other group. But it is clearly seen that the highest number
of students are from the indigenous community.
Total students
In the given diagram 4 below it shows the total number of
students in the base of the ethnic category. In Mangal
school, the majority of the students are of indigenous
community. It covers more than half. 61% of the students
are from indigenous community whereas 31% are other
community and only 8% are of dalit community. It shows
that among the students also the majority is of indigenous
community.
Equity response of the school
From the above presented data also it is clear that there
is no equal distribution of students in terms of caste,
ethnic group and gender. It is one of the examples of the
public school. Many more public schools have the similar
problems. Regarding the equity response, there is
provision of providing scholarship to the dalits and other
indigenous students who are really backward and also for
the other student’s scholarship is provided on merit basis.
This, somehow focuses on schools steps towards the
equity response but only providing scholarship may not
be the proper solution to address equity response. But
still there is an equal chance of being bias as the
community is more homogeneous and cultural affinity is
high.
FINDINGS
The man findings of the study are as follows:
1. In school management community, there is no
participation of other community rather than indigenous
(Newar).
2. More than 50% of the teachers are also from the
indigenous society.
3. There is also homogeneous status in the school
children.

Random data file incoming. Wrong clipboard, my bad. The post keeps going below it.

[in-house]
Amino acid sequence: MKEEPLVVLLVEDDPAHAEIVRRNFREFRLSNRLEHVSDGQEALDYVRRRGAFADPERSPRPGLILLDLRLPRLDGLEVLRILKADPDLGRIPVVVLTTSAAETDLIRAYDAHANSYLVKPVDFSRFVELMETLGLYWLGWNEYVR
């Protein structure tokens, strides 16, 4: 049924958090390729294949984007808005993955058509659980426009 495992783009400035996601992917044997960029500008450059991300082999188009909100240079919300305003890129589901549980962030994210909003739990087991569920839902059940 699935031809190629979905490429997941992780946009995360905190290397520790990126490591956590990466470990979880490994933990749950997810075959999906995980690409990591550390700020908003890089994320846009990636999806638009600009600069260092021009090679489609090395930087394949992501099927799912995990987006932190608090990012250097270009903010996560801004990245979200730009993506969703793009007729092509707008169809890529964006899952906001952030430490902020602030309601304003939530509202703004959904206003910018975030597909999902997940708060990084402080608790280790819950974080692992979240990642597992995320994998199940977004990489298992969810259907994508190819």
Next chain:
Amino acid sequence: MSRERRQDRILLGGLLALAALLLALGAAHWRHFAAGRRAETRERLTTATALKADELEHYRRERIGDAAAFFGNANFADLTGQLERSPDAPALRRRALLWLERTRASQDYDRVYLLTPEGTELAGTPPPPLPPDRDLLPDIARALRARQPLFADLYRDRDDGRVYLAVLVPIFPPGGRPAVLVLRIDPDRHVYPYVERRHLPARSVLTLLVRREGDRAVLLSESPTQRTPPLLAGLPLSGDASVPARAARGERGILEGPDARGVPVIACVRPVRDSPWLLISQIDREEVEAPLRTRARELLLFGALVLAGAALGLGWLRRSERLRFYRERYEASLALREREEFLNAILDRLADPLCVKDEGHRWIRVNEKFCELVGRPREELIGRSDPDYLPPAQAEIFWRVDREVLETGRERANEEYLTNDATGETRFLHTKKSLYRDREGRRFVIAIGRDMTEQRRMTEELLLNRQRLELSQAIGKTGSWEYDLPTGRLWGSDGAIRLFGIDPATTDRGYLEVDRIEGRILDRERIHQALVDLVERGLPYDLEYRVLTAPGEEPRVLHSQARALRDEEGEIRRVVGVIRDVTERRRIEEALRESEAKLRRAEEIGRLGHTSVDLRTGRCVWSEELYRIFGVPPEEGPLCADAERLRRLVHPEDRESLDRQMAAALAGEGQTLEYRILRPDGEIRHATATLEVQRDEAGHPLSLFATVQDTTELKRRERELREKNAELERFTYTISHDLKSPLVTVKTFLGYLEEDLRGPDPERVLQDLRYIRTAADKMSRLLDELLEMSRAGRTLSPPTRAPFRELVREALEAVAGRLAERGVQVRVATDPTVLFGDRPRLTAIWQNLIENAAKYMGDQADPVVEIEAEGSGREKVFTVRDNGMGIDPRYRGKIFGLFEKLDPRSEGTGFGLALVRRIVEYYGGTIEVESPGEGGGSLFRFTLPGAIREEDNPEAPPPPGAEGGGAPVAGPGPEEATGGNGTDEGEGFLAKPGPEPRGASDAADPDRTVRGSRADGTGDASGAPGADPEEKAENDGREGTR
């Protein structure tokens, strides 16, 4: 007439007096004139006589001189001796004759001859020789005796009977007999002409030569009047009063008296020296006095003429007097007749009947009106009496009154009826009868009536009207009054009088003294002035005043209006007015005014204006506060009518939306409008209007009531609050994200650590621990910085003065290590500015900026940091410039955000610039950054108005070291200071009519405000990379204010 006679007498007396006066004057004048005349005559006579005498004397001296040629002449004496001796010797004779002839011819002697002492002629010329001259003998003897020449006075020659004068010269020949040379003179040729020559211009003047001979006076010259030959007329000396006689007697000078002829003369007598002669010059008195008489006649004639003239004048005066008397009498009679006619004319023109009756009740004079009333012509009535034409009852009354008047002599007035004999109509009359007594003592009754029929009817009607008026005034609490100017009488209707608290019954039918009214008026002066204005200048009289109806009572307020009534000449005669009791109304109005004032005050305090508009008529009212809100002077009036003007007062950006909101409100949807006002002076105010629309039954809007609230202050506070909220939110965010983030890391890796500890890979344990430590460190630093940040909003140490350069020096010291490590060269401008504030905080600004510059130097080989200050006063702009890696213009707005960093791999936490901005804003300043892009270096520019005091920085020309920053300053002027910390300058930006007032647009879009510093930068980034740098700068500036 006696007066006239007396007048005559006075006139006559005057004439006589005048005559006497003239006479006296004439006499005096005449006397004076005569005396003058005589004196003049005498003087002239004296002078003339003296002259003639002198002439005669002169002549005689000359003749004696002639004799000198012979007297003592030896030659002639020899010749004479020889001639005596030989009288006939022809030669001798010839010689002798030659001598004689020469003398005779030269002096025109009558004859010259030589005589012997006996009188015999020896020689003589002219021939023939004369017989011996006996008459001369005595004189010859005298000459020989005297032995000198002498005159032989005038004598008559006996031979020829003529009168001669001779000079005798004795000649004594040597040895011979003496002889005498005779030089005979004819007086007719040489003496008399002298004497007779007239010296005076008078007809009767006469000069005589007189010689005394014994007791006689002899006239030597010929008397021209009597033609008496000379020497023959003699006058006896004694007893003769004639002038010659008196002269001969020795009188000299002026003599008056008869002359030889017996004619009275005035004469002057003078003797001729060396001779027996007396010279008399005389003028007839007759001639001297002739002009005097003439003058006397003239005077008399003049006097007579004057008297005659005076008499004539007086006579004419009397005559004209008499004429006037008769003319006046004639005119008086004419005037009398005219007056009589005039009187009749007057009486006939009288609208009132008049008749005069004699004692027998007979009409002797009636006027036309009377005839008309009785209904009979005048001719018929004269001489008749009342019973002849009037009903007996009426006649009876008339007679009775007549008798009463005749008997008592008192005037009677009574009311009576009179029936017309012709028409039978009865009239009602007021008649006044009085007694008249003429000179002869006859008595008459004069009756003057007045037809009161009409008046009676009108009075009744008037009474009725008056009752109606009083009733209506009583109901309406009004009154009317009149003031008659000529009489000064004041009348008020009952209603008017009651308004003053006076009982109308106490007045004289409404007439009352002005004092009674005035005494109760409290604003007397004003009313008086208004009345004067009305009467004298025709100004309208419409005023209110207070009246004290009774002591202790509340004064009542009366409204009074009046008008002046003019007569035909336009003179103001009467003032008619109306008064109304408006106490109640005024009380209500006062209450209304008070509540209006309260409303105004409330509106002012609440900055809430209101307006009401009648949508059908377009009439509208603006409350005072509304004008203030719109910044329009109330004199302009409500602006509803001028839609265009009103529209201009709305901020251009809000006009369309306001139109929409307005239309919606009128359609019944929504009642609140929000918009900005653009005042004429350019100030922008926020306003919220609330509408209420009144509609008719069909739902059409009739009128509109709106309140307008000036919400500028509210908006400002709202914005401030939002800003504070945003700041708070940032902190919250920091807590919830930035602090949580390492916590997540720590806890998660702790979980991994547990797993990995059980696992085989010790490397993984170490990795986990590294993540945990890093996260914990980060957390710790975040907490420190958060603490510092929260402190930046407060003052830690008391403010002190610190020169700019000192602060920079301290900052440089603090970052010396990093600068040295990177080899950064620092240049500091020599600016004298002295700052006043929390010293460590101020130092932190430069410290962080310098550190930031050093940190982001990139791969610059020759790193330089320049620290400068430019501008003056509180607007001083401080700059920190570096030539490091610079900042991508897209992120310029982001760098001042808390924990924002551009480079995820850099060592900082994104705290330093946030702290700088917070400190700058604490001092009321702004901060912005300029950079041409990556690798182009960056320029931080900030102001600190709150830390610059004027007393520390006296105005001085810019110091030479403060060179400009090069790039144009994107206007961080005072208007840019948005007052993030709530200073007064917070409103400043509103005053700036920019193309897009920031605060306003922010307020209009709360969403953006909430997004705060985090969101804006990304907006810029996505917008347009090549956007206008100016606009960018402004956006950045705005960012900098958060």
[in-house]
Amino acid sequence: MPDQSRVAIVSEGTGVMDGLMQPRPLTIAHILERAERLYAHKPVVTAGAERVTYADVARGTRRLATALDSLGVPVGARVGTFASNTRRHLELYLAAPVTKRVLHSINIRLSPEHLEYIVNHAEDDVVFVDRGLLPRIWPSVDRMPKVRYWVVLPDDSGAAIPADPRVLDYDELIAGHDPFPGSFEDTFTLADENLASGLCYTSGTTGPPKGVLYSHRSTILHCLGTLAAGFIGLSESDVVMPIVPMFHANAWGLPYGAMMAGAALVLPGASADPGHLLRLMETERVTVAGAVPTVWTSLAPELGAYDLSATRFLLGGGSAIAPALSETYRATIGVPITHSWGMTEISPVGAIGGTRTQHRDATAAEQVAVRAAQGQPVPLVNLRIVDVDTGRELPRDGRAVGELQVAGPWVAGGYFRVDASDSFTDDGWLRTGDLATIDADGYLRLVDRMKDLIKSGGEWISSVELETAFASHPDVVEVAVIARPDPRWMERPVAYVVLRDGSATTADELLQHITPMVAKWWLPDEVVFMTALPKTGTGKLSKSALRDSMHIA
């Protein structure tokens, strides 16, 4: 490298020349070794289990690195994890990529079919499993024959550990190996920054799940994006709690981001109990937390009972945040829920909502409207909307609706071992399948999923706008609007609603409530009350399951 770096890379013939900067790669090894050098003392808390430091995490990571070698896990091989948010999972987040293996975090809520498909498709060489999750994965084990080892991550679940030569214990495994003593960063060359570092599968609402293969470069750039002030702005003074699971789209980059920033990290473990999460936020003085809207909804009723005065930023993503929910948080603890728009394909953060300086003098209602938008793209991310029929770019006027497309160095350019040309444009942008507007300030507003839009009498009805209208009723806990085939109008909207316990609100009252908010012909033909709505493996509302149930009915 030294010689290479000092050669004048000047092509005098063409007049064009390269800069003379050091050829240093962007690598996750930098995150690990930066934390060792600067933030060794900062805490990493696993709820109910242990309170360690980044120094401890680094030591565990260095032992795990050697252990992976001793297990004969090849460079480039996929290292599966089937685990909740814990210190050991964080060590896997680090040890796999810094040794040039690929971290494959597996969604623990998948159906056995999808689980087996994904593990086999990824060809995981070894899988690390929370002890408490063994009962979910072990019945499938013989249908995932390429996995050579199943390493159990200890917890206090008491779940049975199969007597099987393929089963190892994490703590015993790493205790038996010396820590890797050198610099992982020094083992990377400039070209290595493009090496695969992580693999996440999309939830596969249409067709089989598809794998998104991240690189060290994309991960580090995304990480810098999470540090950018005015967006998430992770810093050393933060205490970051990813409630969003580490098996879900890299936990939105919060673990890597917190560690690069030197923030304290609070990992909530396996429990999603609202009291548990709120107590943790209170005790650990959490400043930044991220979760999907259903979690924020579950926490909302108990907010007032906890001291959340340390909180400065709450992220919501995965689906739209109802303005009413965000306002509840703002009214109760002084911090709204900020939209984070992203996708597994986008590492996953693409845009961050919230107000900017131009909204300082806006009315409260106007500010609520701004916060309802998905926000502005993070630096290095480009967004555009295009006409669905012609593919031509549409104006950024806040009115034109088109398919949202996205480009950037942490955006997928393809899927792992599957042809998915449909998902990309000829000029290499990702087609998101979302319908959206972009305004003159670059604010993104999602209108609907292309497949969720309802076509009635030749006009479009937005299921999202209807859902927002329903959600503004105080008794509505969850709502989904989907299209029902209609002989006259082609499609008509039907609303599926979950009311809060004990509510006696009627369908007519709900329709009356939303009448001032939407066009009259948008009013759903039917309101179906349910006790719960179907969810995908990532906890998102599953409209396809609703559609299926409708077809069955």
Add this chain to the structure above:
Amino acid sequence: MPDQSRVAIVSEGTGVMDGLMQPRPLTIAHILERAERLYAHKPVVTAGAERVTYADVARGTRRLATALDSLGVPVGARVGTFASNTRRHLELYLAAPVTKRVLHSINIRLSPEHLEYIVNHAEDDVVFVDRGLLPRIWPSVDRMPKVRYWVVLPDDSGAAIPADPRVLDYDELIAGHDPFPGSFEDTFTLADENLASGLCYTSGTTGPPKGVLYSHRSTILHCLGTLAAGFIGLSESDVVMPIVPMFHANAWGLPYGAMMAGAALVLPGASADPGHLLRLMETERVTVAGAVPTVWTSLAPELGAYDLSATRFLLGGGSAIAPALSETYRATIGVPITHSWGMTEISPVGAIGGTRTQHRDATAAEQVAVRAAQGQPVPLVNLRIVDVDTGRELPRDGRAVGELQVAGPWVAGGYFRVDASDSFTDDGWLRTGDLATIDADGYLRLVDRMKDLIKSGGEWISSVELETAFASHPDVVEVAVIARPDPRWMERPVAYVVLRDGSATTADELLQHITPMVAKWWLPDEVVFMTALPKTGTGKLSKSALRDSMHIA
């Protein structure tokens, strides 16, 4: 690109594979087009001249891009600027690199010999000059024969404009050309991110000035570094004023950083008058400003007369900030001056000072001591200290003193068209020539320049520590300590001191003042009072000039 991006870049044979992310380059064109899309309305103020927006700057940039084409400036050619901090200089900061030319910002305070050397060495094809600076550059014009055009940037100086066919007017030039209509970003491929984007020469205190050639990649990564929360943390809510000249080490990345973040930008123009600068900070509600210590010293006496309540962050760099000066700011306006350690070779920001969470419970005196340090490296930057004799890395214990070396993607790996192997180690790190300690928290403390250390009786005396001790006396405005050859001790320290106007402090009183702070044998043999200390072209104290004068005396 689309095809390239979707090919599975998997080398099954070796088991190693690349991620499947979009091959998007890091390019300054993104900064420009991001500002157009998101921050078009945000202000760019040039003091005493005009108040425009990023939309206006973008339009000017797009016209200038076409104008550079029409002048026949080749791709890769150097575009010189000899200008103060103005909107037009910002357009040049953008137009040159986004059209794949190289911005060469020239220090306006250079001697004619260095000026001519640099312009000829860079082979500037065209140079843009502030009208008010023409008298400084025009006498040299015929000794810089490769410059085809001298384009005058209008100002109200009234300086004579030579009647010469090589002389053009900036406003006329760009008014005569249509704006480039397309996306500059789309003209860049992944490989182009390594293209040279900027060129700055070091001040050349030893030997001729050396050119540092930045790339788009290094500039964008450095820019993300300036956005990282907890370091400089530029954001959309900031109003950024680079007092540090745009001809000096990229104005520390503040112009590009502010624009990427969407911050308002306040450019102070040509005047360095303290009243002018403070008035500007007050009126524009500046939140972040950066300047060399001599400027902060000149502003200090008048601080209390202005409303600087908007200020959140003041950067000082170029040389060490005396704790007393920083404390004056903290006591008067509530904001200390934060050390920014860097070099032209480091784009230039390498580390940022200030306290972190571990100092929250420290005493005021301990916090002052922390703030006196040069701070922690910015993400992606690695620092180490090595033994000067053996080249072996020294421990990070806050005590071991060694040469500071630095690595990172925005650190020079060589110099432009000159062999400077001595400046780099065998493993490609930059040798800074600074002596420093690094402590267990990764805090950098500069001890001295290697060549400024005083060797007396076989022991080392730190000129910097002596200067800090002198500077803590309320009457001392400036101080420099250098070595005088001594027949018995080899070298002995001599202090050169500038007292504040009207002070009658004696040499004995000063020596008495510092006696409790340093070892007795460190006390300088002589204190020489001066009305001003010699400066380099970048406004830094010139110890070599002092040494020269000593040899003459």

4. Newar communities are in more number in
management committee, among teachers and students.
5. 8% students are dalit, 31% are others and 61% are
indigenous which consists majority of Newar students.
98 Educ. Res
Diagram 4: Showing the total number of students in the base of the ethnic category.
Source: Field survey, 2070
6. In class wise distribution also the indigenous students
are in majority. Thus there is equal distribution of
students.
7. The scholarship is provided the students to address
the equity response from the school.
8. The study has revealed the national status of Newar
community in this area as it is the Newar community.
CONCLUSIONS
Nepal is one the states with different dimensions of
inequality and exclusion. The questions of stability,
equity, social justice and democracy are arising. Since
many decades, the dominant groups have been ruling
over the state, authority and other phenomena. In the
field survey it is seen that the majority of the students,
teachers and management committee is from indigenous
community whereas dalit and others community are in
minority. In the school management committee, there is
only participation of indigenous community and all the
members are from the newar community. It also signifies
that the school is in the newar community and the
students are also the same. Scholarship is provided for
the needy students on the base of gender, ethnicity and
merit base. This shows that public schools have
somehow focused on equity response.
Hence, cultural linguistic affinity and emotional
closeness seems to be highly related in the study area.
There is cultural closeness among the students, teachers
and even in the school management committee. The
homogeneous group of the indigenous community has
also focused on the EFA goals. Locally available
teachers and the physical facilities are also according to
the need of the local area. This emphasizes that the
rights of equal opportunity is not promoted.
In
comparison, the number of male teachers is high in
indigenous community and female in other community.
This shows the cultural diversity and male are prioritized
in the culture. To ensure the conclusion, enhancement of
the human capabilities is crucial and it needs to be
legislative changes for the promotion and implementation
of equity response in formal education.